A few years before European automotive pioneers such as Karl Benz and Gottlieb Daimler introduced their own versions of the “horseless carriage,” a lawyer and inventor from Rochester, New York, named George B. Selden filed the first U.S. patent for an automobile.
Selden, who was 32 at the time, submitted a patent application for what was basically a road vehicle powered by an internal combustion engine. Notwithstanding his love for horses as well as his service during the Civil War in the Sixth U.S. Cavalry, Selden became intrigued with the potential of horseless means of transport for the nation’s roads. This led him to experiment with developing something other than the stationary engines that had already been tested without success by others to operate a vehicle and propel it into motion.
Selden eventually found himself inspired by a large internal combustion engine invented by George Brayton and displayed at the Centennial Exposition in Philadelphia in 1876. By the following year, Selden had designed a smaller and modified version of that engine. His application outlined details not just about his version of the engine but also its use in a four-wheeled vehicle. The application was accompanied by a drawing of this combination. The drawing was signed by two witnesses on Selden’s behalf. The first was W.M. Rebasz, Jr., who served as Selden’s patent draftsman, and the second was a clerk employed in an office in the same building where Selden worked. The clerk’s name was George Eastman, and he would someday become world-famous in his own right as the person who revolutionized photography by founding the Eastman Kodak Company and inventing roll film.
It took Selden 16 years, five months, and 28 days before he was finally issued Patent No. 549,160 for his invention. Historians have attributed that long and tedious process to various legal technicalities and a steady stream of amendments to the original application by Selden. While these revisions were rooted in large part in Selden’s efforts to keep pace with technological breakthroughs and innovations in the ensuing years, it has also been credibly pointed out that he was trying unsuccessfully all that time to line up capital for the production and sale of automobiles using his design.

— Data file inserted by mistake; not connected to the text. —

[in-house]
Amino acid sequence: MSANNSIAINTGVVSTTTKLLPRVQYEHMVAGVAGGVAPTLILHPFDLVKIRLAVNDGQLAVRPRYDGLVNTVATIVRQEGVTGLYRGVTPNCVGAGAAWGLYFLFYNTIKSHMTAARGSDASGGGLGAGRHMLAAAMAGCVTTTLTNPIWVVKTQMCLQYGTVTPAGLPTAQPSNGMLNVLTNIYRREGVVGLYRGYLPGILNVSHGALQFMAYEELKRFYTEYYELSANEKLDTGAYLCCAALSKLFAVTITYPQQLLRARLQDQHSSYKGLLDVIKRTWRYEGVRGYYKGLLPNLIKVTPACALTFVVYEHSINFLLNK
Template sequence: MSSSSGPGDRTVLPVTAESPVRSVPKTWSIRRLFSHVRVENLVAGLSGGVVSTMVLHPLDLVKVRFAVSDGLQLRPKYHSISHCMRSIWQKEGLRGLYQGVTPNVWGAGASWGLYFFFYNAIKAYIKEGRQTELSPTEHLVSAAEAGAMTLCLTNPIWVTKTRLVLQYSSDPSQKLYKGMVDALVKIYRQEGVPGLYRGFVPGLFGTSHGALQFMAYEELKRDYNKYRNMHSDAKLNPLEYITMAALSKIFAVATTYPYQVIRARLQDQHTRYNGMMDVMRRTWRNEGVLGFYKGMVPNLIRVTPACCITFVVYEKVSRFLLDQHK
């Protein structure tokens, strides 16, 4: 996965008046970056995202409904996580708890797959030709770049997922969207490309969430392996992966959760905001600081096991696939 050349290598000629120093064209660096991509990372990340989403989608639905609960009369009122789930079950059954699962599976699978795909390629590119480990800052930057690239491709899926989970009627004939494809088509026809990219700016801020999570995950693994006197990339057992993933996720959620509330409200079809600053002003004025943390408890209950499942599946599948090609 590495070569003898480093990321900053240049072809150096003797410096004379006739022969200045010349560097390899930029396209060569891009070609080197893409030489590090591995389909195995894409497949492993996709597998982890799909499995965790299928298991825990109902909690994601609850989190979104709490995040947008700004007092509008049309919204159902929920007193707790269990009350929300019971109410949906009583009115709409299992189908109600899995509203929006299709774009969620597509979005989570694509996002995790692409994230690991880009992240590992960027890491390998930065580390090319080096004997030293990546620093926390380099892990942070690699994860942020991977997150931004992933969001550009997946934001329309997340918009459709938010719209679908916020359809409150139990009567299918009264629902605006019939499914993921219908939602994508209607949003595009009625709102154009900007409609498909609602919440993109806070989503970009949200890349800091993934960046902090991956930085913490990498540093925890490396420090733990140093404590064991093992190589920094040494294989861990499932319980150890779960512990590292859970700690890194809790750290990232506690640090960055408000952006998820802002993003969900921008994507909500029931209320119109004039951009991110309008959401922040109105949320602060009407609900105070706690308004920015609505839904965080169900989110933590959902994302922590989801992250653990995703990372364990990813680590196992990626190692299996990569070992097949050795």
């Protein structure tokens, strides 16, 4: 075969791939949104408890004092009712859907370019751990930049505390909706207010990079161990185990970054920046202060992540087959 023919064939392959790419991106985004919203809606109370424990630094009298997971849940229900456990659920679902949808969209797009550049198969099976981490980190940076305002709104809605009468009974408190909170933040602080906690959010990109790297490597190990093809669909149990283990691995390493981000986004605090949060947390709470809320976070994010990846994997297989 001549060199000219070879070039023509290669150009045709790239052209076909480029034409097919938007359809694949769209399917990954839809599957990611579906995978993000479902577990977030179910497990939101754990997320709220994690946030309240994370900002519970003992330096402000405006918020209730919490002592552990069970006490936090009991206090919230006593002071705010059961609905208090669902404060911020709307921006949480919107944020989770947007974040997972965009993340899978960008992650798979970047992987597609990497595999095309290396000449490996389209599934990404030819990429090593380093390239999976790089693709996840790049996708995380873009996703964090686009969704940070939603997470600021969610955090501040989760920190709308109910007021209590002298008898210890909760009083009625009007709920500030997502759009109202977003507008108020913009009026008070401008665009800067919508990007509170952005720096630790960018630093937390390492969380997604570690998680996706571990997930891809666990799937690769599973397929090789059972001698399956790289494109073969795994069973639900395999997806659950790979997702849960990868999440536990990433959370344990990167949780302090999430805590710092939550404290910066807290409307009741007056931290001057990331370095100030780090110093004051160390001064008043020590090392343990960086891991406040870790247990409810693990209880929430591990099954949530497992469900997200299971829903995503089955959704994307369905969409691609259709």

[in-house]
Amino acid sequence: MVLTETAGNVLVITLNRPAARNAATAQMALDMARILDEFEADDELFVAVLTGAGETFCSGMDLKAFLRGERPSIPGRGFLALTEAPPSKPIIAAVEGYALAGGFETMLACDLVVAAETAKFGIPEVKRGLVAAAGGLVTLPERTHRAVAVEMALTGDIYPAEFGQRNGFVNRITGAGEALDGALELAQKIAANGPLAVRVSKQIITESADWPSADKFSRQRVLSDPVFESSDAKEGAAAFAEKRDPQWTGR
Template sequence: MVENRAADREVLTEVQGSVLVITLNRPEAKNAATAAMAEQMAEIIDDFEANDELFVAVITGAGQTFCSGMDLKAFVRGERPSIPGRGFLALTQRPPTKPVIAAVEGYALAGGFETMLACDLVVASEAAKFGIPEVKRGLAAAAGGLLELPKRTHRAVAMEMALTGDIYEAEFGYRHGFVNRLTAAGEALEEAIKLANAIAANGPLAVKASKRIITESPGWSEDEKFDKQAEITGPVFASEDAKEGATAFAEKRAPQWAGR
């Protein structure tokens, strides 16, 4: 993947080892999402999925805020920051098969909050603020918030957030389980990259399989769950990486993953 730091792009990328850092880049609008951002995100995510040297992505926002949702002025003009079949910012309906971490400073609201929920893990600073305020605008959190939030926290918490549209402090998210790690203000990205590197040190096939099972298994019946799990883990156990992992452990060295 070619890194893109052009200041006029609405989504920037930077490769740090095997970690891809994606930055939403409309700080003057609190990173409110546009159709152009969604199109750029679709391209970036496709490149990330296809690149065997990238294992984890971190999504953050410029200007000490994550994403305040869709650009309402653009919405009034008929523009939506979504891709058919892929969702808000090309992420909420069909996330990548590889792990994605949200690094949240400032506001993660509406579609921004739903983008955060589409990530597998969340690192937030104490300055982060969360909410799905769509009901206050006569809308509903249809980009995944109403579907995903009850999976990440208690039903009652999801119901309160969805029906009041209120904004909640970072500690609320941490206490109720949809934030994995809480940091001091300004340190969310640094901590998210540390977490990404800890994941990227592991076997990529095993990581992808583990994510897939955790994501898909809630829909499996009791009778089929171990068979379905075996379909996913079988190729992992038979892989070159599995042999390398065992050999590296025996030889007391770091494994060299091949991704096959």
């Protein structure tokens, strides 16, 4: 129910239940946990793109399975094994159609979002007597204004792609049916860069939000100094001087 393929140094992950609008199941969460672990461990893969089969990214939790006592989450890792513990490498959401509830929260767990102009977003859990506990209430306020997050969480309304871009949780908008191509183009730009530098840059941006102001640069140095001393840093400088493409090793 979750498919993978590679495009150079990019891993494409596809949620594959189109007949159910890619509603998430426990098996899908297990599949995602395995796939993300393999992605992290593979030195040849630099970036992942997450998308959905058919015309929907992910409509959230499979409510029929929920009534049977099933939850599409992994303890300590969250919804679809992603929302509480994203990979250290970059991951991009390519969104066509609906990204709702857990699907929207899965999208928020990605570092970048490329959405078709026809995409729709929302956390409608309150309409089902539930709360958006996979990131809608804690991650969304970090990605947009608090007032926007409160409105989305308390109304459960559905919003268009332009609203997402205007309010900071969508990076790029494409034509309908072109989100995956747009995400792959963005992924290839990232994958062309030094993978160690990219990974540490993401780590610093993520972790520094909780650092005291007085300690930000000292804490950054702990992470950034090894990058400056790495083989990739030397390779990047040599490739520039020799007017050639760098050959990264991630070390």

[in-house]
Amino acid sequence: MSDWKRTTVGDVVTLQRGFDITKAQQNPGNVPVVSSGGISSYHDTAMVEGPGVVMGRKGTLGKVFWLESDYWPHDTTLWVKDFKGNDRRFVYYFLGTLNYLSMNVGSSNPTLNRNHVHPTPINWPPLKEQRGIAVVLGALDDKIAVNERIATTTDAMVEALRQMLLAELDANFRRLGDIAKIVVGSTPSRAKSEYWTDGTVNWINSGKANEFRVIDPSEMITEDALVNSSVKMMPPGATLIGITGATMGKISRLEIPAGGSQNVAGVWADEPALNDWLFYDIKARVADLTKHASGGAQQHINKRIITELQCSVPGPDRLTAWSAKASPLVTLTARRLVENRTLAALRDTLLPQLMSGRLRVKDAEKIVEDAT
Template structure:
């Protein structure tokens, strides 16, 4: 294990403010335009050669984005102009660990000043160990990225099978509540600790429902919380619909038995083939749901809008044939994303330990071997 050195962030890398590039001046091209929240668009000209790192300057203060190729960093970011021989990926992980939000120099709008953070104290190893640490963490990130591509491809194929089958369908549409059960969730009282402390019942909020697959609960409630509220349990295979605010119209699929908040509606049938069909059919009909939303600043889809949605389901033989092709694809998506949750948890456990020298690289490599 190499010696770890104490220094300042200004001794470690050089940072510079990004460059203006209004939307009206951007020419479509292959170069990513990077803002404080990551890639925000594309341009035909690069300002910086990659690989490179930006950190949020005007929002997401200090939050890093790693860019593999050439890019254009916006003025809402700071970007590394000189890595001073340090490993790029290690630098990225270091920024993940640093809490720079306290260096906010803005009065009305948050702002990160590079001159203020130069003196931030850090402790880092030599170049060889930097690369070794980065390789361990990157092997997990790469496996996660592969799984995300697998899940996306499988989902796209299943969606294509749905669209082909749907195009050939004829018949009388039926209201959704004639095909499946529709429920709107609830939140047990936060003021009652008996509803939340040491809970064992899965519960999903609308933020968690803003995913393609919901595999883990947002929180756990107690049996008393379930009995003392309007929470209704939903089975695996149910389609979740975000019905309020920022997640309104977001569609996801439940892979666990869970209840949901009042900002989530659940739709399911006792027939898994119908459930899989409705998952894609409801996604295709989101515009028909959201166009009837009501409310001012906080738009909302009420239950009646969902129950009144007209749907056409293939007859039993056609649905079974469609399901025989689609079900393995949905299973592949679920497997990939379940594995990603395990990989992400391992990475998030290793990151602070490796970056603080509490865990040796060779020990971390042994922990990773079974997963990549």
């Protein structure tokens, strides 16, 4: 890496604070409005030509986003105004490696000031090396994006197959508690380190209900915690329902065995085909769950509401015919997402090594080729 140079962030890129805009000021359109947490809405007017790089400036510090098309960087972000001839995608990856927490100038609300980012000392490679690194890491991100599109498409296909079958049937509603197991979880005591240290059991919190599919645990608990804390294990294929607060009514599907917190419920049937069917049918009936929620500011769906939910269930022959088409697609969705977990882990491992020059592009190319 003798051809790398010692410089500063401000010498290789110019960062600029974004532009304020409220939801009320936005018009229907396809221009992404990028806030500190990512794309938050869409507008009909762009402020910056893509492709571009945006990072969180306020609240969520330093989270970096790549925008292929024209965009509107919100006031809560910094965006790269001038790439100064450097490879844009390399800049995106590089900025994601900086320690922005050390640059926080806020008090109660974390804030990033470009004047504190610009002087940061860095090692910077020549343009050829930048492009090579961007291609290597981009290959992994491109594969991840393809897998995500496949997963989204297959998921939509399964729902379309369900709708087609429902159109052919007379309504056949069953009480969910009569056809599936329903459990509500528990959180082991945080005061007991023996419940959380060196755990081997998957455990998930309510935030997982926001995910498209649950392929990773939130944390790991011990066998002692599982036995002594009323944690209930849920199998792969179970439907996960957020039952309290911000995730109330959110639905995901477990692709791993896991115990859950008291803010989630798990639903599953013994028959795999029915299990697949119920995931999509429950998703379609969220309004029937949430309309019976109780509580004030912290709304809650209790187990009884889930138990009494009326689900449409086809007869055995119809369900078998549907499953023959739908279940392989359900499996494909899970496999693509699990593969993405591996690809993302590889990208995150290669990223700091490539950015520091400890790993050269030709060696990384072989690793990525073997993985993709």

Selden’s patent eventually ended up with the Connecticut-based Columbia and Electric Vehicle Company. The company agreed to pay Selden $10,000 for the rights to his patent and also a royalty for every automobile based on his design. Selden and that company, however, had to contend with a drawn-out legal battle over patent infringement with Henry Ford and other competing automobile manufacturers. It was finally ruled in court that Selden’s patent was not being infringed upon because it only applied to automobiles that were driven by the specific type of engine described in his patent.
Despite that serious legal setback and the havoc it wreaked on his income stream, Selden – who died in 1922 at the age of 75 — is still believed to have received several hundred thousand dollars in royalties for his invention. He could also plausibly lay claim as the originator of the automobile and the internal combustion engine that actually moved it forward on the road, and he did; the advertising slogan for the Selden Motor Vehicle Company that he started in 1906 was “Made By the Father of Them All.”
For further information on George B. Selden and his automobile patent, please check out https://en.wikipedia.org/wiki/George_B._Selden and https://www.history.com/this-day-in-history/george-selden-patents-gas-powered-car.